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"If dinosaurs had a civilization, how primitive must it..." Topic


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374 hits since 16 Oct 2020
©1994-2020 Bill Armintrout
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Tango01 Supporting Member of TMP16 Oct 2020 10:12 p.m. PST

… have been to leave no trace in the present?

"I am thinking of, yes, a simple story with intelligent dinosaurs, but I am not interested (And I sincerely prefer) that they are not sufficiently advanced in my history to be comparable to modern humans, at most I imagine them similar to the humans of the Neolithic. BUT, if it is in any way possible that they could be more advanced without leaving a trace in the world I would like to know. If, on the contrary, they need to be even more primitive than Neolithic humans in order to not leave traces of their existence, I will understand, I just want to know.

What I want is to make it almost impossible to prove that they existed, at least for now.

Some details are; In my story there are not several species of intelligent dinos, only some variations of troodons. I imagine them only having 4 or 5 towns or cities in an area of ​​only 40 km. They haven't "spread" around the world or anything. They are basically the first "cities" in the world. I imagine them having primitive wood and stone weapons, art made of wood, amber, and maybe stone, and a couple of religions. I imagine them having a social leader (a king?) And a religious leader, only these would wear clothes and it would only be partial. Maybe the warriors or something could wear ornaments made with their own feathers or those of other species of dinosaurs."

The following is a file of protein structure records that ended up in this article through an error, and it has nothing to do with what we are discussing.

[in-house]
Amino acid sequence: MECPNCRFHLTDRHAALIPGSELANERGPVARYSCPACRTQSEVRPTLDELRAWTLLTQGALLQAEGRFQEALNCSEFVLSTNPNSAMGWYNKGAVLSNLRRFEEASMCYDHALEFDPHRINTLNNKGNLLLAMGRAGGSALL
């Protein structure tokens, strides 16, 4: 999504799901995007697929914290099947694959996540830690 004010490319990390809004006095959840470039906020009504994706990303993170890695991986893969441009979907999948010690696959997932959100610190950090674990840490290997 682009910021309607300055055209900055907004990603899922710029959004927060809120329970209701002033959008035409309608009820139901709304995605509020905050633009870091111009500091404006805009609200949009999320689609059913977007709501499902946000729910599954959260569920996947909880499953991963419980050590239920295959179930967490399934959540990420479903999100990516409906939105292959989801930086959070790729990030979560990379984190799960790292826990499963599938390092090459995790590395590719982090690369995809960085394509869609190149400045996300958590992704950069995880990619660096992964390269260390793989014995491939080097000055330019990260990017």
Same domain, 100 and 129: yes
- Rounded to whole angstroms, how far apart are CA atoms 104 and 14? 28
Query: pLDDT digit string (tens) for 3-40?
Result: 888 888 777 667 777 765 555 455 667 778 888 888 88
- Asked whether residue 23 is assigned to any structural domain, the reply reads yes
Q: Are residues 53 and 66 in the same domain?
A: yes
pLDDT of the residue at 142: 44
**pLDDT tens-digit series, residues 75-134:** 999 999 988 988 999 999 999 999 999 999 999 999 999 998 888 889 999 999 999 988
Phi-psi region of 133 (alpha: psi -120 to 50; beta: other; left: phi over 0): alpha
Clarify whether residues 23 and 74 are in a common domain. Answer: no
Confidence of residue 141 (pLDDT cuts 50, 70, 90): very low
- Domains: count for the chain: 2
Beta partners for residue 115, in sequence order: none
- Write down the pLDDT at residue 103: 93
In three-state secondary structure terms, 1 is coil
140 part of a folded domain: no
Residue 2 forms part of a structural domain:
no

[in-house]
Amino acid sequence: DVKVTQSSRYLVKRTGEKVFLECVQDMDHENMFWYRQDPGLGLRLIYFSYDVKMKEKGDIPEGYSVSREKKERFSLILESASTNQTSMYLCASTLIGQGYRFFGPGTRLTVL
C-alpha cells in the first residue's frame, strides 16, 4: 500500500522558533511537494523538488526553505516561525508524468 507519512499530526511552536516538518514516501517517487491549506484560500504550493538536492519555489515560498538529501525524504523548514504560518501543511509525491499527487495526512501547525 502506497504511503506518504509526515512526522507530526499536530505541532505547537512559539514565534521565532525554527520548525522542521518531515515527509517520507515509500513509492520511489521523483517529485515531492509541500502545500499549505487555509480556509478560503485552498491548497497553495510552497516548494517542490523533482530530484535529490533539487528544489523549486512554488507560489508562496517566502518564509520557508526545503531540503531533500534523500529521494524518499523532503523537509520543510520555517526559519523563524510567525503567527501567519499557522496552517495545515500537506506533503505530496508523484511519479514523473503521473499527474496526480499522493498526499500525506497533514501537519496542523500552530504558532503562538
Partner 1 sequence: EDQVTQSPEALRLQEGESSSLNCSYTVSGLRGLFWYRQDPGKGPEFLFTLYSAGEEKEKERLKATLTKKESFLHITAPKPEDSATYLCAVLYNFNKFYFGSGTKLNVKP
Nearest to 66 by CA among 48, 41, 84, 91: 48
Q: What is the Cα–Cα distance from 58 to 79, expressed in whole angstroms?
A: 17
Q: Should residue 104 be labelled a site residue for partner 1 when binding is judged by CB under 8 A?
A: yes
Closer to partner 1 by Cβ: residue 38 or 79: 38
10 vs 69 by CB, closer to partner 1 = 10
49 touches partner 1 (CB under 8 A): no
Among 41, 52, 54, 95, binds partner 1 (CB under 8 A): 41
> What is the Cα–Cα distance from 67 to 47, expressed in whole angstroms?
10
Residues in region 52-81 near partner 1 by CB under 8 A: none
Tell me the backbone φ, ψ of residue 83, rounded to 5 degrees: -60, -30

From here

link

Amicalement
Armand

Squash at home17 Oct 2020 2:18 a.m. PST

Which leads inevitably to the question :

Armand, how on earth do you find this stuff?

Covert Walrus17 Oct 2020 2:26 a.m. PST

Clearly you've never had to look up a poorly recalled book at some point Squash; This is one of the branches of the Stack Exchange, a place where sometimes the vuagest of plot descriptions will get you the exact book you read soem decades ago, among, as you can see, the answer to many other queries. It's one of the better features of the Internet "Hive Mind" social experience.

And to answer the question, given the long periods of time involved, it would be possible for an intelligent saruian species to reach at least late 18th century technology and collpase to be undetectable to modern science; Unless we dug up one of their skeletons ( Quite rare even for a populopus species ), and even then we might not recognise them as intelligent from physical structure alone, and as for artifcats . . . . Very little of *our* civilization would survive that long a time in a recgnizable state. Even plastics would have decayed to base chemicals by then.

Huscarle Supporting Member of TMP17 Oct 2020 4:45 a.m. PST

I always liked the Silurians & the Sea Devils in Dr Who; they were advanced, but left no discernable trace of their civilization for today. Time erodes everything…

Personal logo Grelber Supporting Member of TMP17 Oct 2020 9:12 a.m. PST

1. Robert Ardrey makes a relevant point in one of his books. Our civilization was built on use of easily obtainable materials. Once we found out how useful iron or oil (for example) were, we have used up the easily obtainable deposits, and are going for the more difficult ones. If our civilization collapsed, a new civilization based on iron or oil would not be possible. The smart dinosaurs may have pillaged and plundered the easily accessible supplies of something we consider rare.
2. Covert Walrus makes a good point about "recognizable state." Especially since the artifact may not have been particularly recognizable to us to begin with. I know what a claw hammer looks like, but would the tool a troodon developed to perform the same function necessarily look like that?